It's Finelight time again. For those who've been living under a rock for the past two years, the story goes like this:
Finelight, a local marketing and real-estate firm, wanted to purchase some land downtown. As all such ventures go, it also wanted the public to make an investment in that land, indirectly in the form of an adjacent parking garage.
RELATED STORY: Good bye, medical marketers
To that end, Finelight execs hired Bloomington's previous mayor, John Fernandez, to help guide them through the city bureaucracy, to get them their garage. It looked, as it always does, like a slam-dunk.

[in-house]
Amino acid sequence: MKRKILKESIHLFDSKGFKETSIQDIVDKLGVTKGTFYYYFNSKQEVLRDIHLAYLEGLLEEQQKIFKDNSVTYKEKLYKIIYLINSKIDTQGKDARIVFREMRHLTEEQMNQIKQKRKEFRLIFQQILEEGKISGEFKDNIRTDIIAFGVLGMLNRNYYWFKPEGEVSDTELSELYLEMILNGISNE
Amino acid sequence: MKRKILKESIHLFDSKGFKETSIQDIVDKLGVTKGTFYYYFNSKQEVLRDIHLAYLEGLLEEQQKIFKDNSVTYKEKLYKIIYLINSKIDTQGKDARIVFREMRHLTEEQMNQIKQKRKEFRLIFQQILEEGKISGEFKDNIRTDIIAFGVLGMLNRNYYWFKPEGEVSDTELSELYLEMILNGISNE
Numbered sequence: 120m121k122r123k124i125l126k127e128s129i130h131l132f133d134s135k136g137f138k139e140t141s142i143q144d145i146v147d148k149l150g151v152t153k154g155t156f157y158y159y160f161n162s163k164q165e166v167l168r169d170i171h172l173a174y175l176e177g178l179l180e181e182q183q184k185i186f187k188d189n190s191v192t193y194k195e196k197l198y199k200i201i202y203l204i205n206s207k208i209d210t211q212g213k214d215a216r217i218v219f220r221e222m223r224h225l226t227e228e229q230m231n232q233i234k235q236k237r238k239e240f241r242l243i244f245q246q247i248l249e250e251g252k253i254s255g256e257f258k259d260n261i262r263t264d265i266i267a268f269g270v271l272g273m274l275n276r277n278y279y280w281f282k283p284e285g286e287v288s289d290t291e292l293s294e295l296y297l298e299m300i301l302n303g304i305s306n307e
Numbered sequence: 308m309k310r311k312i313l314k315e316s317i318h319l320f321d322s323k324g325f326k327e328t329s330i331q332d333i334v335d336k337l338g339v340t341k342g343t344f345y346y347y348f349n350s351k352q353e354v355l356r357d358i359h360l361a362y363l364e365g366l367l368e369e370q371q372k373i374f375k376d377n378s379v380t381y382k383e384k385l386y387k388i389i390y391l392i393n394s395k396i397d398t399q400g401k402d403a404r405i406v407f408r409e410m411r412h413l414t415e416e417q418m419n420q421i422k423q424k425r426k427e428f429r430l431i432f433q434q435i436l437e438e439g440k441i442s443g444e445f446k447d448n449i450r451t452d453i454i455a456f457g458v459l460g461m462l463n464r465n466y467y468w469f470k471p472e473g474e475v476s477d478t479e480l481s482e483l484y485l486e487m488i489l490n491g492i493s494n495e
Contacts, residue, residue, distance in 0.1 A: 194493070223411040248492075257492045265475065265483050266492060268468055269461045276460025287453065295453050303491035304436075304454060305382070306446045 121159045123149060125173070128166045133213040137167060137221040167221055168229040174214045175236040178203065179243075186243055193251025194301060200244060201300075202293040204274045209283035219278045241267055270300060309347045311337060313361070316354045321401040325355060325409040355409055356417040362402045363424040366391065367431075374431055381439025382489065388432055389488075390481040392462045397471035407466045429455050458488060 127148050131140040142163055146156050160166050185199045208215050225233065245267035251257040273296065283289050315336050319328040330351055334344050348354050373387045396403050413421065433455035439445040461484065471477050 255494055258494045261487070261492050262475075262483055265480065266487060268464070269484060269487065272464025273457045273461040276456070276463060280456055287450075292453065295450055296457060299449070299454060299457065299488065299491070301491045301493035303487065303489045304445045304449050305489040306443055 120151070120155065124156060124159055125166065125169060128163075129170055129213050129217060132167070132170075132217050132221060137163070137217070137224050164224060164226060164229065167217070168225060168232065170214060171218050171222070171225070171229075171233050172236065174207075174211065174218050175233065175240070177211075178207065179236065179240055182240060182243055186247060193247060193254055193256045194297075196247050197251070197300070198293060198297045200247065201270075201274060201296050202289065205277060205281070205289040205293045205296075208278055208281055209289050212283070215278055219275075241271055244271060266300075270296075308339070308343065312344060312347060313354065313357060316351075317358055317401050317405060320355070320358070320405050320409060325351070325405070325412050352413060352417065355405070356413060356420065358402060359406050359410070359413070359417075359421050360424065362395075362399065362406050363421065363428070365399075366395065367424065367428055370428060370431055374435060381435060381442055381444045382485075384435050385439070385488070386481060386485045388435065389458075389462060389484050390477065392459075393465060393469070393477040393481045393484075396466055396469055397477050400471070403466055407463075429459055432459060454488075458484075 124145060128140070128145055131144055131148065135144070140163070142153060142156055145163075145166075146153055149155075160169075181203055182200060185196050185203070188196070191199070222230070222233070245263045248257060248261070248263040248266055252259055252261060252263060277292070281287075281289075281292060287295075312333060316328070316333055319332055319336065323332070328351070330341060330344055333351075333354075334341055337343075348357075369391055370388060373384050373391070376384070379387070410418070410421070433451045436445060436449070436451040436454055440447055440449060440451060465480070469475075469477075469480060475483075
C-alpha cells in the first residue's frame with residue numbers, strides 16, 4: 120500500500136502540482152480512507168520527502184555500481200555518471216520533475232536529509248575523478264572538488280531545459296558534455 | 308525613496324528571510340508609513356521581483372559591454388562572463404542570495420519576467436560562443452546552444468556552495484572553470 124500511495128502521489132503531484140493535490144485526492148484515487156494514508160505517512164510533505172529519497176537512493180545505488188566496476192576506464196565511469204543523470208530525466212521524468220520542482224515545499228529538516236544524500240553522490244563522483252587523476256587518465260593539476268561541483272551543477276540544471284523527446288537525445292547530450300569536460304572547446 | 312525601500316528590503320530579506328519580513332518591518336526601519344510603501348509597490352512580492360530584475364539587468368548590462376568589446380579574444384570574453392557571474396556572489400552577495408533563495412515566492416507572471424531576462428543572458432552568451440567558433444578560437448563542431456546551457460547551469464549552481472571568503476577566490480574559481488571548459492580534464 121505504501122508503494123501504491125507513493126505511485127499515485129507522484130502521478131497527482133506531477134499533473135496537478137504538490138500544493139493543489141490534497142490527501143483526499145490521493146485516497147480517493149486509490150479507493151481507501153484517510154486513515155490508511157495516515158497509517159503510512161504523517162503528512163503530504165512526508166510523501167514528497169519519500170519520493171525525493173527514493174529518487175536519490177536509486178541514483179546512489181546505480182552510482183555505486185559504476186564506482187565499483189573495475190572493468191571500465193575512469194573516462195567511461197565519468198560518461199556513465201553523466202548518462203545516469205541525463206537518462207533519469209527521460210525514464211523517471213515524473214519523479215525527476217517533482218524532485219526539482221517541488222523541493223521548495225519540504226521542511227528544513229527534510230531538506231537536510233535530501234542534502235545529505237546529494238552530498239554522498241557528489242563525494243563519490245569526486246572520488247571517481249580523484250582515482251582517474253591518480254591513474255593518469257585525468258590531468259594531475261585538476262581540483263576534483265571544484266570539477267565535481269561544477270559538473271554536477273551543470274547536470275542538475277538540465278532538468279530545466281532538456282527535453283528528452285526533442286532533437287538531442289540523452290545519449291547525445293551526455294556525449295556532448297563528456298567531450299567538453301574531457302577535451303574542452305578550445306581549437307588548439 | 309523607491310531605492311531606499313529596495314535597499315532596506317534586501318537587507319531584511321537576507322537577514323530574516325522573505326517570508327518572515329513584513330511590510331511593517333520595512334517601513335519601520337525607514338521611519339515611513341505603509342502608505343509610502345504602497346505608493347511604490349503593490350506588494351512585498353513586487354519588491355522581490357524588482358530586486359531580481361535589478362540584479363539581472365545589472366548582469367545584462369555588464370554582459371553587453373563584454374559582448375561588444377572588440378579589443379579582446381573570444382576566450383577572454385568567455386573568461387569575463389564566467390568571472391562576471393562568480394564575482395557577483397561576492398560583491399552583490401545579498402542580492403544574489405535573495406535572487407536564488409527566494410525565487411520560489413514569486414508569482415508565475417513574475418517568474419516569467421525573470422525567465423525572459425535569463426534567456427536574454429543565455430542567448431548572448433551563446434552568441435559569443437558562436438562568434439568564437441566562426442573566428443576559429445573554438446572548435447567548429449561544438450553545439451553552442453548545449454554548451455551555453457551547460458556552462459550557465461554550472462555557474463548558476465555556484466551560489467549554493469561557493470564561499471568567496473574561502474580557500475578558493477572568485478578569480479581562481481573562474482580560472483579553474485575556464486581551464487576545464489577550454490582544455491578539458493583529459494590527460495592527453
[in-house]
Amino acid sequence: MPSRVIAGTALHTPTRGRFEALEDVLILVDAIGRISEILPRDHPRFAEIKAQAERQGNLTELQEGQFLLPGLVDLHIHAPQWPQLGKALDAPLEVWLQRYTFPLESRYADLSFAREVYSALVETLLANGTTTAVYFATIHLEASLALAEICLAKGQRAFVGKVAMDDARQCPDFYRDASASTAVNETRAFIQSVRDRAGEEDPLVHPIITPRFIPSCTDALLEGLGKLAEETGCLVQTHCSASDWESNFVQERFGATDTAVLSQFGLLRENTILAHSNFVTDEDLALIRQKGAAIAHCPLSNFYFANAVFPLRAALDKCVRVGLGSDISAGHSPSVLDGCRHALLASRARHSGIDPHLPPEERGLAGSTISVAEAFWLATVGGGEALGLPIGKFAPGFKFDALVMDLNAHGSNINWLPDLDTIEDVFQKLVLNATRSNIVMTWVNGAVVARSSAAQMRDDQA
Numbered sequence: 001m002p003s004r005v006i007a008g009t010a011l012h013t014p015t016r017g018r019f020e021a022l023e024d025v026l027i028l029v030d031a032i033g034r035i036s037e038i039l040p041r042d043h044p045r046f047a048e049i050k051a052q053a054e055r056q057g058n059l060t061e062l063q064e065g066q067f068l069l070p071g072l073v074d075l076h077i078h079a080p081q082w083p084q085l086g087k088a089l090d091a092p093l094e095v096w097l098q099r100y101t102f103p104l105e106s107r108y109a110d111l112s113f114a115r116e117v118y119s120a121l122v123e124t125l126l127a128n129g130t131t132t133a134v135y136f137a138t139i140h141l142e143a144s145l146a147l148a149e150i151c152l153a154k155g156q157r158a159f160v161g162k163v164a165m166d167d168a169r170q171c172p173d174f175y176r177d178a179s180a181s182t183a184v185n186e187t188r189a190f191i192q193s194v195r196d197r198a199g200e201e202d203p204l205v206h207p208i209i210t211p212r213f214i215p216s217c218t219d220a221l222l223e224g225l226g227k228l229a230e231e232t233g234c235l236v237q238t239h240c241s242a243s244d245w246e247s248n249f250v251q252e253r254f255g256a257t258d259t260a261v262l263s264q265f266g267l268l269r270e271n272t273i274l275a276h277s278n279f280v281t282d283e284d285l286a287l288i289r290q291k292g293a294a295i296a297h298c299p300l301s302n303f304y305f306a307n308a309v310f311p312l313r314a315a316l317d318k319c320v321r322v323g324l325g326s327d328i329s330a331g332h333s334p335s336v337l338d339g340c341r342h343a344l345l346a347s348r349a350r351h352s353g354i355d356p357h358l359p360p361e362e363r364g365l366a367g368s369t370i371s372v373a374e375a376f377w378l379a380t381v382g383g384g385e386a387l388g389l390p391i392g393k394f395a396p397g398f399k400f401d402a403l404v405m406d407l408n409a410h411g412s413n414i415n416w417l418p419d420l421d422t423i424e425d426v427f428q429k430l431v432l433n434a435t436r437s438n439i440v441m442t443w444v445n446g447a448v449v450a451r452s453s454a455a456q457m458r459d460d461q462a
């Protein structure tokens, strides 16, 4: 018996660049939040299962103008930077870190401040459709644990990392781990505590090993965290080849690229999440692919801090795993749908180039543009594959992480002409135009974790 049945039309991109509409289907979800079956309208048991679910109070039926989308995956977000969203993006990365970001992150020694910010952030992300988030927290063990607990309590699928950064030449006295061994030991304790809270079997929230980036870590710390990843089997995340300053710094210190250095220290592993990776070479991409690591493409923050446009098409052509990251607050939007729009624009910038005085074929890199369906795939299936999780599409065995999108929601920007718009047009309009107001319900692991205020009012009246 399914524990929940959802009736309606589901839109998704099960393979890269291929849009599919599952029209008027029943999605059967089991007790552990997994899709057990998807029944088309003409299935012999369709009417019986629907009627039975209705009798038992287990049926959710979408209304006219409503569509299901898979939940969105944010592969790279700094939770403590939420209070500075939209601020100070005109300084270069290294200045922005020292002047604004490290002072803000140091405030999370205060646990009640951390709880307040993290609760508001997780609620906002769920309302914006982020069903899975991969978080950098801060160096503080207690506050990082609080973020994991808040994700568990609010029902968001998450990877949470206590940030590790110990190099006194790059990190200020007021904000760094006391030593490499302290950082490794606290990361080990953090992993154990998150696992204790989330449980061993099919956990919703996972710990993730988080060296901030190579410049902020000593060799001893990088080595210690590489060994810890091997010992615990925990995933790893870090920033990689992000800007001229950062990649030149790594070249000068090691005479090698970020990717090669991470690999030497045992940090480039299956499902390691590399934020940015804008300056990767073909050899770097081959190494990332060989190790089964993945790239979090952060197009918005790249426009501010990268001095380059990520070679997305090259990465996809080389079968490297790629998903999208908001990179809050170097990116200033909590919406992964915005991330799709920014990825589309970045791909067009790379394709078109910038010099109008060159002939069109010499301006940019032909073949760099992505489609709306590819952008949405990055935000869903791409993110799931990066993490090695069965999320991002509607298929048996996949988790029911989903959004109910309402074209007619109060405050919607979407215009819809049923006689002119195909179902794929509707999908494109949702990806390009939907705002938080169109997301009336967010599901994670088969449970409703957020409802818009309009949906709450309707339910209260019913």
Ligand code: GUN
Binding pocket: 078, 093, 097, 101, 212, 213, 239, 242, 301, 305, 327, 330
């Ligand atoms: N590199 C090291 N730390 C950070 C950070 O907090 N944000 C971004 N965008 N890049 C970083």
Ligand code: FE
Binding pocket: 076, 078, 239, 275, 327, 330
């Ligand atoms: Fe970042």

That is, until the ever-imperial Fernandez blew it with a public-relations nightmare. He summarily ejected from Finelight's new property a long-rooted community institution, Ladyman's diner, abruptly and remorselessly - a month short of their 50th birthday.
Needless to say, this didn't go over well. Politically it morphed overnight from a "win-win" public-private partnership into a Bambi-meets-Godzilla nightmare. Worse, it looked like Godzilla had Leviathan (city government) in its corner.
Mayor Mark Kruzan tried to salvage the deal by commissioning a parking study, which everyone expected to say what parking studies always say, namely: "You need to build the garage (wink-wink)." At the same time, a local group called Bloomington Transportation Options for People (BTOP) was walking around counting all the empty spaces in the existing garages.
And they said there were lots. And lots.